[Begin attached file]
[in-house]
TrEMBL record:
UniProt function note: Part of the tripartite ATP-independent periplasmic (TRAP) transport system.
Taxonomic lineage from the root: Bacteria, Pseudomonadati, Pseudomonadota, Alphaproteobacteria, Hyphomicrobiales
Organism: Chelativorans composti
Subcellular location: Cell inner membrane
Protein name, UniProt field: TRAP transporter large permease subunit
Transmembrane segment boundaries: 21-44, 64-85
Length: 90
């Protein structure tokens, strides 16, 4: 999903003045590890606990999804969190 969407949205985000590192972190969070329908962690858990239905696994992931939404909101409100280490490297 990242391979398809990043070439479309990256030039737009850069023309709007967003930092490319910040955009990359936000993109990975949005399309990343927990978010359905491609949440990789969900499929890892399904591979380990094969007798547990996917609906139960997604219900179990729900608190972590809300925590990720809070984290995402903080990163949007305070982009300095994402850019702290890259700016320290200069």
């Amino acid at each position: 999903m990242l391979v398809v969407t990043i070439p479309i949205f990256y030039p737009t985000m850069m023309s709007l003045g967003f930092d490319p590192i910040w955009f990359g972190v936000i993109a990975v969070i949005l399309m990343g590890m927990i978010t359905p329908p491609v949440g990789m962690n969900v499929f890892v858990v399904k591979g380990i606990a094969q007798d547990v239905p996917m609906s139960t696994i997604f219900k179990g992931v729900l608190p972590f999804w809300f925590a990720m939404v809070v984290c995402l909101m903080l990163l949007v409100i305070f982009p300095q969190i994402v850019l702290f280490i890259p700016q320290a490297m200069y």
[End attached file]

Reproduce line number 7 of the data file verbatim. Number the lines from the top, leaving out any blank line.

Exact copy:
Protein name, UniProt field: TRAP transporter large permease subunit